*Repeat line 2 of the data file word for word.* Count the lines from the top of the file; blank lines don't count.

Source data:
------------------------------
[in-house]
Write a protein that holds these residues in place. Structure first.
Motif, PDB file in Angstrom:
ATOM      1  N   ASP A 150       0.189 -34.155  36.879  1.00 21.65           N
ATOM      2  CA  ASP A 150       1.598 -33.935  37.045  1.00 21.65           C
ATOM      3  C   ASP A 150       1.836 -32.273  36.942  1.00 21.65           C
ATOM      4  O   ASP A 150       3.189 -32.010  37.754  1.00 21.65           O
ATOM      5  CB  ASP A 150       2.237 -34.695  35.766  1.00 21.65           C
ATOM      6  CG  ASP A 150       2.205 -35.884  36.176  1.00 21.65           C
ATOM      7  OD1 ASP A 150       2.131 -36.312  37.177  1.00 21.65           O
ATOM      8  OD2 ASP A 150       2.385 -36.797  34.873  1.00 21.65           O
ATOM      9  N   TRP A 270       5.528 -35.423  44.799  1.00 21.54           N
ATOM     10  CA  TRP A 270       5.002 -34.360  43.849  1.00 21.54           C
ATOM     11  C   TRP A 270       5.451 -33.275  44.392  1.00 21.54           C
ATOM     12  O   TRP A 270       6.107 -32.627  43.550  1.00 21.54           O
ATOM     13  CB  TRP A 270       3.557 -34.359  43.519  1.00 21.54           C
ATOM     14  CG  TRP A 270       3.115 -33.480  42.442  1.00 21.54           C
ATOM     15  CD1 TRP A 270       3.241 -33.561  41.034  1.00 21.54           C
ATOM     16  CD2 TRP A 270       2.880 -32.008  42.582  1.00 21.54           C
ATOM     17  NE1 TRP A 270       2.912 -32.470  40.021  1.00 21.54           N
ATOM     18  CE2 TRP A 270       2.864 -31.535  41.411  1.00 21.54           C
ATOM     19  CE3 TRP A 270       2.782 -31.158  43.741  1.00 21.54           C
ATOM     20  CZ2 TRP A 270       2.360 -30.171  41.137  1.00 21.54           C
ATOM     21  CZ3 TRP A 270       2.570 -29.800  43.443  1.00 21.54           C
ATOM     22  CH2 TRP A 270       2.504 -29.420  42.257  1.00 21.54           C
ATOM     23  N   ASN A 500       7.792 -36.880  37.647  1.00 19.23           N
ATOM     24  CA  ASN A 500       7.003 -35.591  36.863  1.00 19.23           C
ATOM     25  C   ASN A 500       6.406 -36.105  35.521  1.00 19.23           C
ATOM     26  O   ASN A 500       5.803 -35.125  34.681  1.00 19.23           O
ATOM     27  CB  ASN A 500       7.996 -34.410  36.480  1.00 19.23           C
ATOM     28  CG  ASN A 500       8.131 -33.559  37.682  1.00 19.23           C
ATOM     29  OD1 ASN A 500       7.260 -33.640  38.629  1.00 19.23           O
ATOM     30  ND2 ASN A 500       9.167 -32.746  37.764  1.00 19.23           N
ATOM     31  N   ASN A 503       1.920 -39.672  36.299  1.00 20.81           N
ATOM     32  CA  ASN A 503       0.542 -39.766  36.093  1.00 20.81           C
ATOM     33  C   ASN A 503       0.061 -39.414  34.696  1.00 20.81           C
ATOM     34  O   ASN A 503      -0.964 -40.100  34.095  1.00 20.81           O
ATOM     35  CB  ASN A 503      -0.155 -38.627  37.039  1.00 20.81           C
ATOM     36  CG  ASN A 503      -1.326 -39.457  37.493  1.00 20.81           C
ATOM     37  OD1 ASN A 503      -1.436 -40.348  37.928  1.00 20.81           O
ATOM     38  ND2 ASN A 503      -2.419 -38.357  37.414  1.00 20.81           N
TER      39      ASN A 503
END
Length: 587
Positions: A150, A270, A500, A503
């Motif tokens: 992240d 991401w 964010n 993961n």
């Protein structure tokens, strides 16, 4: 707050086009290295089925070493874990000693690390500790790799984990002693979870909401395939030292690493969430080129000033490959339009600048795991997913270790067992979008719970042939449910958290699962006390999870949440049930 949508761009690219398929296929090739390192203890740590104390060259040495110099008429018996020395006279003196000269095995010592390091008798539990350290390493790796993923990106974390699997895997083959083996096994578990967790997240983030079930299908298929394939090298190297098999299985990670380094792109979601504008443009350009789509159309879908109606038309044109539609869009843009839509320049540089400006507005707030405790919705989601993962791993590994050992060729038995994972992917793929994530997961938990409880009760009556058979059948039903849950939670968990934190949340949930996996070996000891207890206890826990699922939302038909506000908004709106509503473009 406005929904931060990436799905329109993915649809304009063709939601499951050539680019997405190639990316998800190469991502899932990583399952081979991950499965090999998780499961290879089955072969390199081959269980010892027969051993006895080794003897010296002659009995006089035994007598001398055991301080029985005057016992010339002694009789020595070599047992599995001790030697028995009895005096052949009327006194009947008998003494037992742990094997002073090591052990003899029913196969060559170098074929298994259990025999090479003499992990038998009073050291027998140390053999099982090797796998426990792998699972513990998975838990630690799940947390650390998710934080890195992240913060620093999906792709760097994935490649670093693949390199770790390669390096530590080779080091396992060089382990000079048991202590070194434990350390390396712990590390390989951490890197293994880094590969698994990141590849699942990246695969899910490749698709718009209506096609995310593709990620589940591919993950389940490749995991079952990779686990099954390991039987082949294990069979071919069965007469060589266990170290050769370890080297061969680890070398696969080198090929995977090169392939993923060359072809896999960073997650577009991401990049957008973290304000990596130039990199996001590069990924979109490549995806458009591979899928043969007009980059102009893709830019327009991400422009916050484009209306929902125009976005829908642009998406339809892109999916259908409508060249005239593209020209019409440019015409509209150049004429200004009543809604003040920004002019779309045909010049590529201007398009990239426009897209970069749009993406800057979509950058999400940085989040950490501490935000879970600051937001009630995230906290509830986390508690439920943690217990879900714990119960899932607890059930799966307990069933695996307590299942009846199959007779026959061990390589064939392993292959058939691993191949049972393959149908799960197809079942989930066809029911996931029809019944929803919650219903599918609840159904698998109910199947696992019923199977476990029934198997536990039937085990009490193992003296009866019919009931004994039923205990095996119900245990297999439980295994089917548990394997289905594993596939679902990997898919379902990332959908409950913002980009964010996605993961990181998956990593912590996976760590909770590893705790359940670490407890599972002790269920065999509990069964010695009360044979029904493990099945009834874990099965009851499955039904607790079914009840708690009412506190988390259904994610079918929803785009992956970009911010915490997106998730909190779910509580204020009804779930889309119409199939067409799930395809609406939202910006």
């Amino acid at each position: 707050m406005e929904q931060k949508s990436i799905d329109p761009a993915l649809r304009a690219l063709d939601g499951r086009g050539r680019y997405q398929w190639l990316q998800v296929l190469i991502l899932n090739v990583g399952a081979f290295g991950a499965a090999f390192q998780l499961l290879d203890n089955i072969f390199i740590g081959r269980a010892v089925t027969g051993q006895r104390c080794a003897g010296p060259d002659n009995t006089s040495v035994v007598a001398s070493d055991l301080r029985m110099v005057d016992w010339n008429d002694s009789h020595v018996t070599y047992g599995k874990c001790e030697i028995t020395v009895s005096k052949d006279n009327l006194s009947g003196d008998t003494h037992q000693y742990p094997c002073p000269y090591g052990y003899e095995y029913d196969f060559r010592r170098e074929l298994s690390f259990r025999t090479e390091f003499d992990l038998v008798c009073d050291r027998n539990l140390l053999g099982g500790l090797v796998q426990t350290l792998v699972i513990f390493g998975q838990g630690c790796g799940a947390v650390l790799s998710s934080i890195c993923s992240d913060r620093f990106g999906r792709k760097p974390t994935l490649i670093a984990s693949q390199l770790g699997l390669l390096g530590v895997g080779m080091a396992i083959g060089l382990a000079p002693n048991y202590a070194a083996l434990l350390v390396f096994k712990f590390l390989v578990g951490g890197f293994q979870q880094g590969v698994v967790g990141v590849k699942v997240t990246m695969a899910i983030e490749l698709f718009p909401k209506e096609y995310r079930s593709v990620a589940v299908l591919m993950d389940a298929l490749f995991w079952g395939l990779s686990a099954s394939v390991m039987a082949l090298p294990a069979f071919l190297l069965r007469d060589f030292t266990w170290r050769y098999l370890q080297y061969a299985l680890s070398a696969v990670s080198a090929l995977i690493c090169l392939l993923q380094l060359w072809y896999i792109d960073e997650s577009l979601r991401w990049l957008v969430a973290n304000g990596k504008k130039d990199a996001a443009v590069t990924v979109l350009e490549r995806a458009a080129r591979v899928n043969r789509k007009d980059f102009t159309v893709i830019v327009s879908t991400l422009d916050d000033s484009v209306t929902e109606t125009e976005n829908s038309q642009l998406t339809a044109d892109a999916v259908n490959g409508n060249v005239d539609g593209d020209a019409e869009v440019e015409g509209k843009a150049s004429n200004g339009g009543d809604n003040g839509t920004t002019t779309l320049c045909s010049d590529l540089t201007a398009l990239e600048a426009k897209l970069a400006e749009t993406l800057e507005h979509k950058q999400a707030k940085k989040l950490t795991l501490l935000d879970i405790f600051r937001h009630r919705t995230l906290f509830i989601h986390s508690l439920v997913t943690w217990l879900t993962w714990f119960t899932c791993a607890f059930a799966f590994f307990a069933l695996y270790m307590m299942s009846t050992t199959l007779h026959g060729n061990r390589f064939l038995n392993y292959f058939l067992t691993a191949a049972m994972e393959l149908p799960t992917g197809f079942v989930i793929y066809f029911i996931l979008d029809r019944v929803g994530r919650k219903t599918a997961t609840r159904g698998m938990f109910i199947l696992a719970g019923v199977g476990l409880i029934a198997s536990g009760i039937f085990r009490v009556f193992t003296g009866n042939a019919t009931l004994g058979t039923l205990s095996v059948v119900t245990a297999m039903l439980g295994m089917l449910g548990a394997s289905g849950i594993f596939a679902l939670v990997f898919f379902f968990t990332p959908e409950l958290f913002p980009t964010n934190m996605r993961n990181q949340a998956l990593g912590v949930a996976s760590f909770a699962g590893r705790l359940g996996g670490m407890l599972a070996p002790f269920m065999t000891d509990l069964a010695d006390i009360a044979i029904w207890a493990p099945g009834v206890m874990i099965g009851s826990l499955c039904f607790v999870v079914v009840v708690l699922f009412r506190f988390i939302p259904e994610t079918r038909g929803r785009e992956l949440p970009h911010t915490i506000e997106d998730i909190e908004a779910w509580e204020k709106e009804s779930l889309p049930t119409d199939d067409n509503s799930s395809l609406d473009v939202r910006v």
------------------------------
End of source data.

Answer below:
Write a protein that holds these residues in place. Structure first.